Parenting - Other

How to Deal with Overly Critical Parents



Robin Tidwell's image for:
"How to Deal with Overly Critical Parents"
Caption: 
Location: 
Image by: 
©  

“How nice, you got all As on your report card, except one…why didn’t you get an A in that class too?”

“You should….”

“Why didn’t you…?”

“Why can’t you…?”

If you have heard these things, and others, you might be dealing with overly critical parents.  Whether you are an adult, or still a teen or even a younger child, this can have a profound effect on your life.

Criticism isn’t always overt; sometimes is can be rather insidious and creep into a conversation unawares.  If two-edged compliments are your parents’ style, if they insert negatives in the midst of a train of more positive sentences, and if you come away from the conversation feeling a bit down – your parents might be more critical than you realize.  If, for example, you spend the day cleaning your house for a parental visit, and your mom finds the one piece of furniture you neglected to dust – and brings it to your attention while praising the rest of your work – she’s being overly critical.  You might miss it in the heat of the moment, but it will likely linger.

The news media is full of stories of bullies, and how to counteract them, and how to deal with them, or even how to decide if you are being bullied or are in need of protection.  No one seems to consider that parental bullying can have long-term consequences, as well as immediate ones.

Most kids want to please their parents, instinctively; most will try hard to do so and a little praise for an accomplishment is not considered harmful, although meaningless and constant praise for every miniscule achievement has been shown to be detrimental.

Some parents, however, nitpick on the smallest negative behavior or action and ignore the hard work or the awards for things in which a child may have succeeded.  These parents often don’t see their behavior as negative, they simply believe they are being realistic and expect the child to view this as “teaching”.  Yes, even as the teaching of adult children.

It can be difficult to deal with overly critical parents, and even harder to overcome their commentary; often these things are remembered for years, or even decades and they certainly can effect one’s personality and future endeavors.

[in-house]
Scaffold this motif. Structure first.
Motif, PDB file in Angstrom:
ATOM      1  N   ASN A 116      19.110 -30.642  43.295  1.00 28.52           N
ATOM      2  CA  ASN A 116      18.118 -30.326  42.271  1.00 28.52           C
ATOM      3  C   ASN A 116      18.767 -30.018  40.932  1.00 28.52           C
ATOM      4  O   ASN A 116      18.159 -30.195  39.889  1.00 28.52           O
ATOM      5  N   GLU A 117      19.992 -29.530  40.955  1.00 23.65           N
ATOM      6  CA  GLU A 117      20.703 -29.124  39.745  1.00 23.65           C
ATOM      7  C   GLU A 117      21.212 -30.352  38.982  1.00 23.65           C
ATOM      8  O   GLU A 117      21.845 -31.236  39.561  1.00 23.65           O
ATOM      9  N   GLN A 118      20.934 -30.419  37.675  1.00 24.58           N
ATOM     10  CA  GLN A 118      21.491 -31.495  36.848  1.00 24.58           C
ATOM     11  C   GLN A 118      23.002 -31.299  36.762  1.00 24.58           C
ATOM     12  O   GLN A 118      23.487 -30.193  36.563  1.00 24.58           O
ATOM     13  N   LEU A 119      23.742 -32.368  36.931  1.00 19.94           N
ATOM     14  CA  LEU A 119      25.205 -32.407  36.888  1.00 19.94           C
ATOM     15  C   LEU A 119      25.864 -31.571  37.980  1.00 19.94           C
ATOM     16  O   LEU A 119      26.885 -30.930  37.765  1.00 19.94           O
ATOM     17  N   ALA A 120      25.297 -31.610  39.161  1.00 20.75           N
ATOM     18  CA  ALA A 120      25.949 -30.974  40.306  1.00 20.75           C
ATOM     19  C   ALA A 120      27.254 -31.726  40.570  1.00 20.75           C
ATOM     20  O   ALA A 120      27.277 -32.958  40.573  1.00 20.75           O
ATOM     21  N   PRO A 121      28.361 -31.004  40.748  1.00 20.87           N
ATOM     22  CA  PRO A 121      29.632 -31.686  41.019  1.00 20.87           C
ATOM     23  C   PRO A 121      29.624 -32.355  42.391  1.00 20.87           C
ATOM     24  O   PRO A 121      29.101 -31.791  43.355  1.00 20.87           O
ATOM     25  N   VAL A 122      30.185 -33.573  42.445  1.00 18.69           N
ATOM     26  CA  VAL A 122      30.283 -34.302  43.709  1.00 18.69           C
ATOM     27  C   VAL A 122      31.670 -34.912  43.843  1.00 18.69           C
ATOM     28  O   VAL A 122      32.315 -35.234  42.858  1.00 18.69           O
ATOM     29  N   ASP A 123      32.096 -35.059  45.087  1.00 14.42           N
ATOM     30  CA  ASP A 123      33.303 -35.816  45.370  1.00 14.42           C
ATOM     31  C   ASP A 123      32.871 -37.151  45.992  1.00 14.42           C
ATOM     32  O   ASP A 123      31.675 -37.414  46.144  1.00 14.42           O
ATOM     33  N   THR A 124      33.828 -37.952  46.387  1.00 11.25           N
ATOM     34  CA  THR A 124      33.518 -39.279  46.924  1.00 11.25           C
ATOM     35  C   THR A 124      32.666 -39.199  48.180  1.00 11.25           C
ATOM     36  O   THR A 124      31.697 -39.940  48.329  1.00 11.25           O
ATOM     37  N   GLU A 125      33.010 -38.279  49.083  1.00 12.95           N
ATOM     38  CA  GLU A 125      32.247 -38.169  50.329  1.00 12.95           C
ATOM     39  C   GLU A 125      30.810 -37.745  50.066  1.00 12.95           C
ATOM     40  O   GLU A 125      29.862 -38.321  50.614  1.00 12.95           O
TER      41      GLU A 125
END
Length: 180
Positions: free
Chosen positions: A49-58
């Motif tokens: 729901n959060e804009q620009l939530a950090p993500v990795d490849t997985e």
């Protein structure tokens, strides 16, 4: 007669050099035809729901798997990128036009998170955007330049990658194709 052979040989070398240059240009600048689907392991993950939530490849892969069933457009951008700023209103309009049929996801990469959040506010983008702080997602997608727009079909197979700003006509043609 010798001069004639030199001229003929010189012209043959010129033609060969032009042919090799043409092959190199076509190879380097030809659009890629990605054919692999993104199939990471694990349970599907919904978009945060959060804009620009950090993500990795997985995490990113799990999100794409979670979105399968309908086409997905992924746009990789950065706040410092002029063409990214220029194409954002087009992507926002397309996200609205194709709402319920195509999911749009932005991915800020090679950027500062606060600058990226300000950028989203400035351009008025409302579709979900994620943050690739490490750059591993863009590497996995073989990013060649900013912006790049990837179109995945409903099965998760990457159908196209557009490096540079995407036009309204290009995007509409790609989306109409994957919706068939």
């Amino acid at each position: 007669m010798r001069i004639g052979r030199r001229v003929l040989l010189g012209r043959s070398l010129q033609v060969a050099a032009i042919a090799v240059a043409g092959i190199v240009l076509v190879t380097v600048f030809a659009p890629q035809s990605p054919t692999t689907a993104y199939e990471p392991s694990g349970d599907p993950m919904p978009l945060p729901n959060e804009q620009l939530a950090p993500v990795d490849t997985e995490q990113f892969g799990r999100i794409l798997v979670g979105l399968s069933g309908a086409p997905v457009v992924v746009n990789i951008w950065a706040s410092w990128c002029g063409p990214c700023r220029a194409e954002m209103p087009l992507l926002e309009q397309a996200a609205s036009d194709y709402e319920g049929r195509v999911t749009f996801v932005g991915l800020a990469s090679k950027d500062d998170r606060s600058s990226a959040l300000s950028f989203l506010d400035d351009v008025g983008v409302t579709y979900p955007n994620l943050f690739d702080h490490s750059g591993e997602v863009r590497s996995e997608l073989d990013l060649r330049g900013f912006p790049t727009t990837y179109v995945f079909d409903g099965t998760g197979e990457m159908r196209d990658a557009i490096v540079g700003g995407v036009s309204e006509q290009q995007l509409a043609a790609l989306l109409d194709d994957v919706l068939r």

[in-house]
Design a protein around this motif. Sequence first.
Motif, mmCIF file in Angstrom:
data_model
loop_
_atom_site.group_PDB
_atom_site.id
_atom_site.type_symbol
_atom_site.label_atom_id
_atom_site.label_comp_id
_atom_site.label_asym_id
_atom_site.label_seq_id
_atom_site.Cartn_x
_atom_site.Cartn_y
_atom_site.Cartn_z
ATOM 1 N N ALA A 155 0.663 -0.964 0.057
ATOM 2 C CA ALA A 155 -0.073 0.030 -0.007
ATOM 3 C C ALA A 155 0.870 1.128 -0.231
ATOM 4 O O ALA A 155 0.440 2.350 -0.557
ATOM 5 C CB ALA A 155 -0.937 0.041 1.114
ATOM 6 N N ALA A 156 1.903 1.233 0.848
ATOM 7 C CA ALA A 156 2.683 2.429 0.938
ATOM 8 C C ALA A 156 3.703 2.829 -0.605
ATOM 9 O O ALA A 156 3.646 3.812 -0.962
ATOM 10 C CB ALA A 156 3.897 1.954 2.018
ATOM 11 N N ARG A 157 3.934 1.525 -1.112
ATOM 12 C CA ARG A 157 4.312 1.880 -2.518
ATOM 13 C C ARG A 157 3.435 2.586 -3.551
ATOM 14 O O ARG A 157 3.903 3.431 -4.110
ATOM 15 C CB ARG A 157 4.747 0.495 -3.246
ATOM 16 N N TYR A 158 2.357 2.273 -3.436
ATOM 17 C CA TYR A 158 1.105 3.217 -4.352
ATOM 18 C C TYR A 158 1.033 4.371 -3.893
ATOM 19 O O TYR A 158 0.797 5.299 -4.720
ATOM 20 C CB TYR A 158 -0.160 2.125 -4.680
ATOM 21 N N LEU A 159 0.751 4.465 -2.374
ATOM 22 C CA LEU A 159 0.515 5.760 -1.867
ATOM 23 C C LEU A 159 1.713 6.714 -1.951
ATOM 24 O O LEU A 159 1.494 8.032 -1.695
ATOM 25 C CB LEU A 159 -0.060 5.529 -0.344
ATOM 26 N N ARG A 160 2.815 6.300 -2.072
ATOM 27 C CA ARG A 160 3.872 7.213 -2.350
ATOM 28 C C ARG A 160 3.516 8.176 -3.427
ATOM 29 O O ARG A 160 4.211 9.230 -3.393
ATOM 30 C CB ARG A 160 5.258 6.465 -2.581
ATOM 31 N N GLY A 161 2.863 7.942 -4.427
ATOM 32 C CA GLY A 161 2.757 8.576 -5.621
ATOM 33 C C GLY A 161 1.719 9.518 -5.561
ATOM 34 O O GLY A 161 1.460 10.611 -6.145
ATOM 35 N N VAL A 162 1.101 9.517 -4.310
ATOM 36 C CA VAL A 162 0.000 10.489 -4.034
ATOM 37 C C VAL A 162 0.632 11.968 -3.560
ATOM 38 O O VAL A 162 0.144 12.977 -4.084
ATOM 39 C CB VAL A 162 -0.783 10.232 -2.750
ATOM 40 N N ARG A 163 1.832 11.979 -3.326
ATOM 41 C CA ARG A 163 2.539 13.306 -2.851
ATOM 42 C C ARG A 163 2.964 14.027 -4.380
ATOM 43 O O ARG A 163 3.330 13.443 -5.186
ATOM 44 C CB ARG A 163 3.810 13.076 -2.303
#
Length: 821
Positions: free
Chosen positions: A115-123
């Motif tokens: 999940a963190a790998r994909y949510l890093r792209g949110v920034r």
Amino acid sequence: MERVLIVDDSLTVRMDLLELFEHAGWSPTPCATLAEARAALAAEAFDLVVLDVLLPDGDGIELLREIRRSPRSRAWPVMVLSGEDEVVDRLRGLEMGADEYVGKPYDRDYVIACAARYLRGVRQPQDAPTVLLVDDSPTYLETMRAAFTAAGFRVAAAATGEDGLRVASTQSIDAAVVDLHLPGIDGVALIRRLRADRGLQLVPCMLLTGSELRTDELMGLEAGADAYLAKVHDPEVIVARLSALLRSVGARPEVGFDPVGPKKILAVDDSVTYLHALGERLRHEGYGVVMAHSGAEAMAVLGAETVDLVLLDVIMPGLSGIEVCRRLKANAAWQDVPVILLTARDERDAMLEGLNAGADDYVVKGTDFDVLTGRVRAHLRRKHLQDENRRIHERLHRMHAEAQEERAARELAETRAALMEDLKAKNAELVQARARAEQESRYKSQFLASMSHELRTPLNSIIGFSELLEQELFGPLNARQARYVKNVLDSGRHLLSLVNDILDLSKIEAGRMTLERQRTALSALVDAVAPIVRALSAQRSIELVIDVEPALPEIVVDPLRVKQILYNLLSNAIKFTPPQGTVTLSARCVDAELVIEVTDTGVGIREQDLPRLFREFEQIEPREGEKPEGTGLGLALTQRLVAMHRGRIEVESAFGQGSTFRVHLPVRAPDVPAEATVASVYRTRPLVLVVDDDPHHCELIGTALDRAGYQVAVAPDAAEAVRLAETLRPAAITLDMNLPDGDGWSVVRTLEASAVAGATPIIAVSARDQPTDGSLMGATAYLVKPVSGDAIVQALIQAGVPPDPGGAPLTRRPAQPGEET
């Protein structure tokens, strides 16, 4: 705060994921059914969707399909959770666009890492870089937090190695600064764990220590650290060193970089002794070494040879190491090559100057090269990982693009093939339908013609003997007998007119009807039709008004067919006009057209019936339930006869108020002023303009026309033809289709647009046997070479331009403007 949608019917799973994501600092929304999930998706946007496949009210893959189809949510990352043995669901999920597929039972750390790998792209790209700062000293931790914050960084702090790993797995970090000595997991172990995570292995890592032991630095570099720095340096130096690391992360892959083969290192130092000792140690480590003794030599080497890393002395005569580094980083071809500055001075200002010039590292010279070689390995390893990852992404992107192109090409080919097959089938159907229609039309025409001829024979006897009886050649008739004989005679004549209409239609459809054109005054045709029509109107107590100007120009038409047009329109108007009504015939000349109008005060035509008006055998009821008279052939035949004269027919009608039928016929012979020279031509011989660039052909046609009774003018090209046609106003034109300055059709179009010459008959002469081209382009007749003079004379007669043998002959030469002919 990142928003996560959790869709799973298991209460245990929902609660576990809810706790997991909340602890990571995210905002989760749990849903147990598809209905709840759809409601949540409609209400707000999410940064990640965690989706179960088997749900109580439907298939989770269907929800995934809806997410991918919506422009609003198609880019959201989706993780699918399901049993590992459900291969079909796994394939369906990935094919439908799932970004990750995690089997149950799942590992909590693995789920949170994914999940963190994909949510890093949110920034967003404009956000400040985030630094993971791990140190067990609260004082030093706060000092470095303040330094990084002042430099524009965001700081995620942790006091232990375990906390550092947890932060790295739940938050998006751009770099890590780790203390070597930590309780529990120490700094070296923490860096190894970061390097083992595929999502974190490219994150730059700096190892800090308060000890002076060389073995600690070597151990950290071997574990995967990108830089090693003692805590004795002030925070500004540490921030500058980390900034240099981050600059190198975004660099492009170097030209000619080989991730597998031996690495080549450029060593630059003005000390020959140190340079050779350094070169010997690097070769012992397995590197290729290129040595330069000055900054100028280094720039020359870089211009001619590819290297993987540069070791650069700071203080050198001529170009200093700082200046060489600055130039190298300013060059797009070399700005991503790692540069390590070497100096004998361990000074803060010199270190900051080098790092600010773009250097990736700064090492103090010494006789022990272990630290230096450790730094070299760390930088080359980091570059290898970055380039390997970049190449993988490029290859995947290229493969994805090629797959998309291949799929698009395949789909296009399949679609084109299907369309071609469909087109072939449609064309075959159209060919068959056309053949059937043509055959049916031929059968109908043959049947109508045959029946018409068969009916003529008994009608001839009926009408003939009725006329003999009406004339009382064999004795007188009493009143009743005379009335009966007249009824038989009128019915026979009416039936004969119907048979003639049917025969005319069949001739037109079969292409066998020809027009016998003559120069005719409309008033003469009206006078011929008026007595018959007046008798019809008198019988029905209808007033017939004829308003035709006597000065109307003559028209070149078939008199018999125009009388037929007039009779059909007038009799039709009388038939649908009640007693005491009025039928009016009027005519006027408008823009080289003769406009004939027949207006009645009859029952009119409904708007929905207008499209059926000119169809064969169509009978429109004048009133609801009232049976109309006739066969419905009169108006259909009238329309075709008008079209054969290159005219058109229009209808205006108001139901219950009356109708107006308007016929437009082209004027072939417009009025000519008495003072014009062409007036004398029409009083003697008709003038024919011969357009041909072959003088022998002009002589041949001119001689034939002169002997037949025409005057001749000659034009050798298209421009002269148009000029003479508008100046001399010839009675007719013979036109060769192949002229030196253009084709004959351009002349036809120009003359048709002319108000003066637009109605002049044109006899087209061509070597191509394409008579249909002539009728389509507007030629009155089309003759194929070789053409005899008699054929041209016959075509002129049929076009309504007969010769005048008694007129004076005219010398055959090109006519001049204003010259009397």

Often, when parents are unaware, a simple conversation is best, in which the child can point out to the parents that their comments are hurtful.  This won’t make change happen overnight, but it can be a start.  More than likely, even the unaware parent has made negative commentary a habit, and habits take time to break.

Especially with adult children, parents can be even more resistant to changing.  They still will insist that it’s for the child’s own good; they’ll continue trying to “parent” the child, even though the “child” may be in his 40s with a career and a family of his own.  These parents simply don’t know when to let go, and the child may need to set some strong boundaries.

Boundaries can be conversational or even physical.  The child can tell the parents that he will no longer discuss the “problem”, or that, if a negative comment comes into the conversation, he will end the phone call or simply leave.  Sometimes boundaries need to be reinforced or repeated many times.  Sometimes even that won’t work, and parents will continue to be critical; this can be a source of eventual estrangement if, as can certainly happen, a parent refuses to see his errors or to make an attempt to change.

Committing to breaking up a family over negative conversations can seem, to many, the ultimate in betrayal over such a small thing.  However, years of putting a person down, decades even of constant negativity, can wear one out to the point of saying, “Enough.”  It’s hard to cut ties with a parent, even one who has been denigrating you for so long, but it can also be liberating.  You can start to work on “you” and build yourself back up to a more normal level of functioning.

You maybe hadn’t realized the toll the criticism was taking on you physically, mentally, and emotionally.  Estrangement doesn’t necessarily mean forever, either; sometimes it’s needed to give everyone time to think, time to re-learn who they are and what they need from family.

Of course, a third choice is always viable: continue to listen to the criticism and negativity, but make a concerted effort to ignore it.  You know who you are, and what you have accomplished and what you can do.  Counseling may be helpful.  You can always change your reactions, but you can’t change someone else’s actions.

 

More about this author: Robin Tidwell

ARTICLE SOURCES AND CITATIONS